GIOVENTU » Legislation to prevent bullying drafted

Legislation to prevent bullying drafted

The Italian Chamber of Deputies has approved a draft legislation to prevent bullying and cyber bullying. It has now to be approved by the Senate. 

 

Its approval comes days after Italy's privacy tsar ruled that an Italian court had not considered the online publication of a sex tape as an illegal breach of privacy. The woman, Tiziana Cantone, had moved from city to city and changed her name in order to escape the humiliation before killing herself.

 

It wasn't the first case of young people killing themselves after being mocked online.

The non-profit organization Telefono Azzurro said it received calls about bullying, including cyber-bullying, on a daily basis in the last school year. The majority of incidents involved young teens aged between 11 and 14.

 

Typical behaviour includes threatening or offensive messages, but more sinister acts like online stalking and digital identity thefts are not uncommon. Istat, the national statistics agency, declares that 5.9 percent of all youngsters are subject to some form of cyberbullying.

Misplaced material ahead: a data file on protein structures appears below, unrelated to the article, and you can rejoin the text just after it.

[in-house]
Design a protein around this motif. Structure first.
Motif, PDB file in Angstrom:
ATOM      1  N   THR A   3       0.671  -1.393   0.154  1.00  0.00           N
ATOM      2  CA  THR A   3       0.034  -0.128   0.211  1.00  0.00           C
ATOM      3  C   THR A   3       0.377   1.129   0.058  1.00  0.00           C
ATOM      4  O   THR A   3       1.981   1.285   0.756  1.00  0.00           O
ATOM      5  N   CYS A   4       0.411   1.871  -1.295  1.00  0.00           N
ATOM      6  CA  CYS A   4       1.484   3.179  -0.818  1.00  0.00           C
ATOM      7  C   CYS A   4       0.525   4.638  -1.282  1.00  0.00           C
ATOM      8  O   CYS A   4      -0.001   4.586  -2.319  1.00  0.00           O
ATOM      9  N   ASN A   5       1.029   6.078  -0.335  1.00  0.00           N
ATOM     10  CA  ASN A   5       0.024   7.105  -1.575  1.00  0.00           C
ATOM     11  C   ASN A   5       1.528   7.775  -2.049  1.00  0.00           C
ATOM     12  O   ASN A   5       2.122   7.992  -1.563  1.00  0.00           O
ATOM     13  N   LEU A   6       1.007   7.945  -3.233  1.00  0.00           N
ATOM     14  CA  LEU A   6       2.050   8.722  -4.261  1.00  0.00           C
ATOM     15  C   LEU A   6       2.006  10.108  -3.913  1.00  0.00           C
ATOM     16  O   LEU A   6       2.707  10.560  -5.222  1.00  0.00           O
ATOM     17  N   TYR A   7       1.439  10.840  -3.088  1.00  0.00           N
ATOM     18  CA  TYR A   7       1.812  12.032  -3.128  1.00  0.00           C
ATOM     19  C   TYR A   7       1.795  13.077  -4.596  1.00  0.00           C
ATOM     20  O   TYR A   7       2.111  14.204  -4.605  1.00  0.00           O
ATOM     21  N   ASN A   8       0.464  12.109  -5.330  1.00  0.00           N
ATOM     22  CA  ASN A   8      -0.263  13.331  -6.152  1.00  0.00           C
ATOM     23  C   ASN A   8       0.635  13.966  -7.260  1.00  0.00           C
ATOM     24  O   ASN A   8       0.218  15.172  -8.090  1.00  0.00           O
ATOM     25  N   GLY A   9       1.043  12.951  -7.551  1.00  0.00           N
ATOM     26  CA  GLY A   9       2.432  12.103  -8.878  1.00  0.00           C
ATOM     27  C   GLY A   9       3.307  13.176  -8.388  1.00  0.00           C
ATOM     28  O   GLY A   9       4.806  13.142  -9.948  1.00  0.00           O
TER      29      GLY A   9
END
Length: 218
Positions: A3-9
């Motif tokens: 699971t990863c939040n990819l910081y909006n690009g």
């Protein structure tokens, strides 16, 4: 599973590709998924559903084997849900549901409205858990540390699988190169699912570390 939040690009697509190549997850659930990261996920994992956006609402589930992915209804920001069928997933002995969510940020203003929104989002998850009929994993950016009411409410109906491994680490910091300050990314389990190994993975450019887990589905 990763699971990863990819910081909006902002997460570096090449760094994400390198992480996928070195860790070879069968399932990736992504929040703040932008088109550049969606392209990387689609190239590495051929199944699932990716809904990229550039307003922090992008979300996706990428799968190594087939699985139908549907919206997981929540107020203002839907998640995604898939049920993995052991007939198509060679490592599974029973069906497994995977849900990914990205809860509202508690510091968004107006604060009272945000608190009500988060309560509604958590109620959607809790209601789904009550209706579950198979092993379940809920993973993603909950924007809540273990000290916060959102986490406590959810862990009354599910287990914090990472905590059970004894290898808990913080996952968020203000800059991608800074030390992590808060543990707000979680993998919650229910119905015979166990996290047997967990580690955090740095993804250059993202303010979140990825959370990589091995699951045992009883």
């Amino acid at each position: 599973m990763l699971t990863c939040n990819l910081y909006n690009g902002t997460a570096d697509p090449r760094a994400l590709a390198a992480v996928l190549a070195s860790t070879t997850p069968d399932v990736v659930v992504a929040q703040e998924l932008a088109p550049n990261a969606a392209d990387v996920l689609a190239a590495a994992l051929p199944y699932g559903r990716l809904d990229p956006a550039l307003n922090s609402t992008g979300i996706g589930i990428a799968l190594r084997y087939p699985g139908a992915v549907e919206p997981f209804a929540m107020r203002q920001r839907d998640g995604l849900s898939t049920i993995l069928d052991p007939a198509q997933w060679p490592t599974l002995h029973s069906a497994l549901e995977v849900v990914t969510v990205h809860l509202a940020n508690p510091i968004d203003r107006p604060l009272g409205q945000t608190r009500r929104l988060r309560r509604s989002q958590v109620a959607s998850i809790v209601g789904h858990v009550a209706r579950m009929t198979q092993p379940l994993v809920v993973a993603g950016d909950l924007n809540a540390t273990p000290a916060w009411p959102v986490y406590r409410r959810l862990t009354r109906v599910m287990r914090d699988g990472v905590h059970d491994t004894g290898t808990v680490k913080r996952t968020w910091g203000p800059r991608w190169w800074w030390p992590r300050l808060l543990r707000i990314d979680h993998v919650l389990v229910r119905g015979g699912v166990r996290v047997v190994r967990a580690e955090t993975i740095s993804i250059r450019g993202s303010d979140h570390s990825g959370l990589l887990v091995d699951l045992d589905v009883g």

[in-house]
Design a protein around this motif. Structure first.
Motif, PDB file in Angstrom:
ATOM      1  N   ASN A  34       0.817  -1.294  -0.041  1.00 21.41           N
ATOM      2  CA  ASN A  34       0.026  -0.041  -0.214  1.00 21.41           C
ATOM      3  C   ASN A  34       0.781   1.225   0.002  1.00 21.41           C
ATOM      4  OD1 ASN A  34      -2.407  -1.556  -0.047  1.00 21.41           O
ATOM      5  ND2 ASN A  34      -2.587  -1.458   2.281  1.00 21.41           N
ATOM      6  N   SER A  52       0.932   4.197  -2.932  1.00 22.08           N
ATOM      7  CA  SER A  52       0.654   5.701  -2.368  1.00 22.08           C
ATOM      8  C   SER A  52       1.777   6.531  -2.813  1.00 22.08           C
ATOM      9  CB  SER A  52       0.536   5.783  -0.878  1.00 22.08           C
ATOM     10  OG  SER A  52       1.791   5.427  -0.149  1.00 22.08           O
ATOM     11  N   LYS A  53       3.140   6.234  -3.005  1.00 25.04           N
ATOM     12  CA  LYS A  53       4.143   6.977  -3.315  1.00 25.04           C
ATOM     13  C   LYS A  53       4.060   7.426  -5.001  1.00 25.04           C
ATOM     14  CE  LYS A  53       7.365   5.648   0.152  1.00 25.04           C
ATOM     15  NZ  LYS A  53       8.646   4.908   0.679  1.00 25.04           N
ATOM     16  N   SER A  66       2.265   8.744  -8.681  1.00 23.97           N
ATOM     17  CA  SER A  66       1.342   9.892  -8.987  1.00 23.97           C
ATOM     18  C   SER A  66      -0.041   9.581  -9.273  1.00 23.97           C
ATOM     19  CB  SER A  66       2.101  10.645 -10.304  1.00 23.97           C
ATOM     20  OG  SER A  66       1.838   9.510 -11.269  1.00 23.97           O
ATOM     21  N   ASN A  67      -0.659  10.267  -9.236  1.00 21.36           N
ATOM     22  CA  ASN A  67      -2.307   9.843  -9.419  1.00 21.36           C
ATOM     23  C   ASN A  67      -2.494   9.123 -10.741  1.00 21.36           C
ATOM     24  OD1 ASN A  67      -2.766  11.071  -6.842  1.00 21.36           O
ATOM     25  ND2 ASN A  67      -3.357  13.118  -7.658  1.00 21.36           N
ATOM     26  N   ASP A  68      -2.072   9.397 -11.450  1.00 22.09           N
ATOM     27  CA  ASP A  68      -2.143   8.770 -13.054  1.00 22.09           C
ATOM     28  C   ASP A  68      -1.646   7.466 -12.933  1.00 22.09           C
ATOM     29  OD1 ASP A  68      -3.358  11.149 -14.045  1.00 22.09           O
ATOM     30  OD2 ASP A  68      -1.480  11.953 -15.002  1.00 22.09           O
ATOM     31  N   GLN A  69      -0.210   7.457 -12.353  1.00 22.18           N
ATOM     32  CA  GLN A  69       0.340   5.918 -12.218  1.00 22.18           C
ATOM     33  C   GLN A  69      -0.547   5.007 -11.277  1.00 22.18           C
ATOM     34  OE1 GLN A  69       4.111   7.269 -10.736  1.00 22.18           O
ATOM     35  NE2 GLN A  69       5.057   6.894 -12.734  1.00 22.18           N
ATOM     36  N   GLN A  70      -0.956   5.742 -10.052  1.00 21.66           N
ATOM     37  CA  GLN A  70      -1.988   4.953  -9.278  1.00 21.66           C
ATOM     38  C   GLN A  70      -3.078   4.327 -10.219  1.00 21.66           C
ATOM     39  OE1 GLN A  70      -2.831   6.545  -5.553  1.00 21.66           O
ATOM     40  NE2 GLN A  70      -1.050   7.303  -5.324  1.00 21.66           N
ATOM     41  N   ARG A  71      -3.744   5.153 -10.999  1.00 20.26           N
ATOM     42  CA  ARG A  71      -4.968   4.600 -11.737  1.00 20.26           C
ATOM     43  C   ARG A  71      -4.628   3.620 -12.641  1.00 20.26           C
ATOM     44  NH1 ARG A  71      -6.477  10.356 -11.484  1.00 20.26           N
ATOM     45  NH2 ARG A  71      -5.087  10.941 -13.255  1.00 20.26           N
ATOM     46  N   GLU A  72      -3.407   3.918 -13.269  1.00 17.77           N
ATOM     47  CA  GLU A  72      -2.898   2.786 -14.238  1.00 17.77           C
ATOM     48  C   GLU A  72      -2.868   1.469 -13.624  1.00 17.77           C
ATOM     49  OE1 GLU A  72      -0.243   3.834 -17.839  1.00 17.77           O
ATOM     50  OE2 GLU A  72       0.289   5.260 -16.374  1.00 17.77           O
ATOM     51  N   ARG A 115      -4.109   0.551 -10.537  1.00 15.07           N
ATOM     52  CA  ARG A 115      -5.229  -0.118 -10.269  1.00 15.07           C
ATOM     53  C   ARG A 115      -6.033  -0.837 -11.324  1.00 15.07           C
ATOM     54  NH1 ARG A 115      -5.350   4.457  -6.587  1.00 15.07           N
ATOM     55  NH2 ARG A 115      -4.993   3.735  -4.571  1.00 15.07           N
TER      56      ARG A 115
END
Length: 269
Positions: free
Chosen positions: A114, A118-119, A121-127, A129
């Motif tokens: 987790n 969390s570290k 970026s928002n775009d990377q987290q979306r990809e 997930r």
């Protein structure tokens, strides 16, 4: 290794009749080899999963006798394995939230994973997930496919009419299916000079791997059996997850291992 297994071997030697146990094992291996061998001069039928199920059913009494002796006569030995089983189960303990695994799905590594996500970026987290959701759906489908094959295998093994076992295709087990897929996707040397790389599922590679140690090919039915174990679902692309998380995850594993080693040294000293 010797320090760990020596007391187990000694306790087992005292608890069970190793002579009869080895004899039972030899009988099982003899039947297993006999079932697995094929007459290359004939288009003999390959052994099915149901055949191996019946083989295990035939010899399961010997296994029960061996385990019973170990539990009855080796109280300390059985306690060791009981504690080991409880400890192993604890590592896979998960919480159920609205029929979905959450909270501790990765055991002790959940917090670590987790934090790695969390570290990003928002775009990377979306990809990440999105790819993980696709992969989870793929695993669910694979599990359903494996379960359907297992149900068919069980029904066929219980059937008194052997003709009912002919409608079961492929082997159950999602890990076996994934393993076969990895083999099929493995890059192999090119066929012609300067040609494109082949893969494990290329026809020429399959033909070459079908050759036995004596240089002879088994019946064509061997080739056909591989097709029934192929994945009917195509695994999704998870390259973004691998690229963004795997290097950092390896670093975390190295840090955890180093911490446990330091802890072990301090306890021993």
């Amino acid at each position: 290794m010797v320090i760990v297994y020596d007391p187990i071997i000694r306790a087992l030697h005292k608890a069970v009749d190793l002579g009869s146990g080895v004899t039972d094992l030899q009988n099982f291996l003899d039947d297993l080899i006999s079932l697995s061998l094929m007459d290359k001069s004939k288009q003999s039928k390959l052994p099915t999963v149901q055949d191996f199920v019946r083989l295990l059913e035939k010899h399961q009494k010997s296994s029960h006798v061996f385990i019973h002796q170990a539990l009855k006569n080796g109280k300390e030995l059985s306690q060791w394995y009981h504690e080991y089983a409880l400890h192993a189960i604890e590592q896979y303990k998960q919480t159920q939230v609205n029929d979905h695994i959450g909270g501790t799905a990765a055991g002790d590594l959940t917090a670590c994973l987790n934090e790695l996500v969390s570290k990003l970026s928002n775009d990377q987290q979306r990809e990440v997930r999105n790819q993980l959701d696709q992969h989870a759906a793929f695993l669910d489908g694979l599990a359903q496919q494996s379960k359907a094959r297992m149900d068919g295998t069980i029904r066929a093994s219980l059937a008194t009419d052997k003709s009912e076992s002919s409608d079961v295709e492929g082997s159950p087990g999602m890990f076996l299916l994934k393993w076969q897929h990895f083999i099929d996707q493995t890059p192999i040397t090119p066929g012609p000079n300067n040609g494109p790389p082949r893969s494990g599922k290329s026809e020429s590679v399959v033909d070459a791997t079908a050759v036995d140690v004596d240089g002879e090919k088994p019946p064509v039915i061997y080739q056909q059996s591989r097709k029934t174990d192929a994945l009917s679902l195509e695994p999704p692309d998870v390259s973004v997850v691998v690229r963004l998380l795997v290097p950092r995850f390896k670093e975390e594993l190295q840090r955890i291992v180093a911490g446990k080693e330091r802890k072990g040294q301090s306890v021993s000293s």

Cyber bullies and online stalkers could in future face between one to six years in prison. The owners of a website, including blogs and social media accounts, under the proposed law, will have 48 hours to remove offensive contents before legal intervention from Italy's Garante della privacy, the official institution in charge of protecting personal data.

 

There will be a fine for site moderators who fail to remove the offending contents, while those found guilty of cyber stalking or bullying, for example the  posting of offensive contents, such as photos or videos, could be jailed for up to six years.

 

The draft bill was approved with 242 votes in favour, 73 against and 48 abstentions. The majority of the votes against came from the Five Star Movement which criticized amendments to the previous draft bill as a step in the direction of censorship. The argument was that anyone could demand the removal of contents they deem "mocking" or "insulting", without the need for an objective third party judgement.

 

The draft bill foresees also a prevention plan and education in schools with the collaboration of teachers. In every school there will be a person in charge of anti-bullying and anti-cyberbullying initiatives. The headmaster will be responsible for informing the families of the students involved in bullying, and if necessary suggest measures for assisting the victims and the re-education of the bullies involved.

Giulia Lombardo

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